Article
Full-text available
Understanding the population structure of tropical anguillids residing in the Pacific is vital for their conservation management. Here, the population genetic structure of five sympatric freshwater eels (Anguilla marmorata Quoy & Gaimard, A. megastoma Kaup, A. obscura Steindachner, A. reinhardtii Günther and A. australis Richardson) across 11 weste...
Presentation
Full-text available
Although our knowledge on the population biology of the Morelet’s crocodile (Crocodylus moreletii) has been rapidly increasing over the last decades, only rudimentary information is currently available about populations from the Selva Maya. The existing outputs of this ongoing project represent the first layer of knowledge for C. moreletii populati...
Article
Full-text available
Amphibians are the most endangered group of vertebrates, and conservation measures increasingly rely on information drawn from genetic markers. The present study explores skin swabs with Whatman FTA® cards as a method to retrieve PCR-amplifiable amphibian DNA. Swabs from ten adult great crested newts (Triturus cristatus) were used to compare FTA® c...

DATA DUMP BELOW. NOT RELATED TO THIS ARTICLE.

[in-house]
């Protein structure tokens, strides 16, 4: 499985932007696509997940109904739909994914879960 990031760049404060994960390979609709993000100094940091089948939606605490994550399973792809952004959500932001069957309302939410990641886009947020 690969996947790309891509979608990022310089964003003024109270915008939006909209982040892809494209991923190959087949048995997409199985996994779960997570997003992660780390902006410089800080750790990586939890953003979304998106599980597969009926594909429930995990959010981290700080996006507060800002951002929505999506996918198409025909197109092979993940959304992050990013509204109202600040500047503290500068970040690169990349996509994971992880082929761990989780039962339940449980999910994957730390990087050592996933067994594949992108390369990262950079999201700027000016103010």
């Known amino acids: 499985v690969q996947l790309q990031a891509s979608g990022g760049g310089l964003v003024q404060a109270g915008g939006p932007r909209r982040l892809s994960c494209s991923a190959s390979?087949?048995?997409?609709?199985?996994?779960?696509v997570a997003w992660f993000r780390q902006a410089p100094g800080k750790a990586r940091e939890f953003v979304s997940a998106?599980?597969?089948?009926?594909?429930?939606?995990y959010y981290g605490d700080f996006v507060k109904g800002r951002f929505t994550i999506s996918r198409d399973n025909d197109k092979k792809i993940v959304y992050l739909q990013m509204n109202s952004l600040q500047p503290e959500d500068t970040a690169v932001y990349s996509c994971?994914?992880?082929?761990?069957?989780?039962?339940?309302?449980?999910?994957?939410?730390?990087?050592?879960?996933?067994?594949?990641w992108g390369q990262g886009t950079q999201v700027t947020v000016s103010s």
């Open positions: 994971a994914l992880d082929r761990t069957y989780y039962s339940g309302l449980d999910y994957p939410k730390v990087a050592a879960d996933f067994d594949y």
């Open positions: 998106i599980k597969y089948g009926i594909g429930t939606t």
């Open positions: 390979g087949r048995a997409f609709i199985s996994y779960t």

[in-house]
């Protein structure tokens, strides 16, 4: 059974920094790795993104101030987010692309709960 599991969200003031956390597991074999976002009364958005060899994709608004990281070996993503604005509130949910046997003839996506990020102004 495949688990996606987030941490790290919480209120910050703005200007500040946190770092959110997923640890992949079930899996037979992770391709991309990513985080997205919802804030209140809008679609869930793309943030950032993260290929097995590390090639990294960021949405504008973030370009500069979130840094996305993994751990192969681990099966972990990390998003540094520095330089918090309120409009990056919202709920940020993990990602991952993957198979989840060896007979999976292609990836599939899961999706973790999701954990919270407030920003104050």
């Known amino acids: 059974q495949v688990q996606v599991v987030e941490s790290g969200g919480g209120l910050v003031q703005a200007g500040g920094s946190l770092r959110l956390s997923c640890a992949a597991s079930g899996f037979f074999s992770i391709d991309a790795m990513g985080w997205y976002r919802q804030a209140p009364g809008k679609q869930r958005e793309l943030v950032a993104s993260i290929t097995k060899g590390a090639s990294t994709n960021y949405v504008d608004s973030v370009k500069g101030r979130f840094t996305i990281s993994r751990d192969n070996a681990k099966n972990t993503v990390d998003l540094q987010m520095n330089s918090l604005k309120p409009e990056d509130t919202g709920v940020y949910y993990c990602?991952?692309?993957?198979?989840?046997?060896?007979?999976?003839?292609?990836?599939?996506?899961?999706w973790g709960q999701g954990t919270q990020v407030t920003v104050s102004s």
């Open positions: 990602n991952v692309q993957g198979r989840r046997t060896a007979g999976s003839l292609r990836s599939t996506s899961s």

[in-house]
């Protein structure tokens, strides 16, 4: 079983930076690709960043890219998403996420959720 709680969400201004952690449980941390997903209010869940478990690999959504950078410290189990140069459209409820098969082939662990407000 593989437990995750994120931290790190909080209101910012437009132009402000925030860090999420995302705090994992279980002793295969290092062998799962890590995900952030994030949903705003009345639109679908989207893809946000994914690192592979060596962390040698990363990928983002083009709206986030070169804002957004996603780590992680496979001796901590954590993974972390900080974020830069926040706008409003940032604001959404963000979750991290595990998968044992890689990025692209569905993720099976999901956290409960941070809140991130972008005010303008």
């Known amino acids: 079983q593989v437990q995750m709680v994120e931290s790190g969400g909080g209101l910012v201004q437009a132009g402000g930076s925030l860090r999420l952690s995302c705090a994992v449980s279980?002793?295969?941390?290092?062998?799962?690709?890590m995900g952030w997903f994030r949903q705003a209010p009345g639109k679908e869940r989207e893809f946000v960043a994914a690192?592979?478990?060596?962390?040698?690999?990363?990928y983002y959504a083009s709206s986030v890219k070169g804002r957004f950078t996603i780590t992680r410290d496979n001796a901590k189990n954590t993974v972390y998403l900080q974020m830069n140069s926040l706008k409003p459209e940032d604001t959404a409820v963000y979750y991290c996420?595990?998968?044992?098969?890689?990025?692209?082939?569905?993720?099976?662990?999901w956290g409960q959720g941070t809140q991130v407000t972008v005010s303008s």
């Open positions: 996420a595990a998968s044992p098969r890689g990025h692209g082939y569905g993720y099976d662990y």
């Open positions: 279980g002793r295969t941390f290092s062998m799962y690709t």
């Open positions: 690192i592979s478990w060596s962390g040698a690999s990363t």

Conference Paper
Full-text available
Conservation genetics as a scientific discipline has sometimes been criticised for not offering real-world solutions to conservation problems. We present a study which began as a citizen science project, became a multidisciplinary approach using climate history, habitat specialists, geneticists and conservation agency staff and has ended in a habit...
Poster
Full-text available
Sustainable Drainage Systems (SuDS) manage storm-water, reducing flood risk and diffuse pollution, through processes mimicking nature (Woods-Ballard et al. 2015). We postulated that SuDS might bring three benefits to biodiversity (O’Brien 2015): as breeding sites; by connecting otherwise isolated populations to form metapopulations within a habitat...
Article
Full-text available
Population Viability Analysis (PVA) is a commonly used tool to predict the fate of endangered populations. However, although amphibians are the most endangered group of vertebrates, PVAs have so far been underrepresented in their conservation management. In the last decades, the European tree frog (Hyla arborea) has experienced drastic declines mai...
Article
Full-text available
Edge populations are of conservation importance because of their roles as reservoirs of evolutionary potential and in understanding a given species’ ecological needs. Mainly due to loss of aquatic breeding sites, the great crested newt Triturus cristatus is amongst the fastest declining amphibian species in Europe. Focusing on the north-westerly li...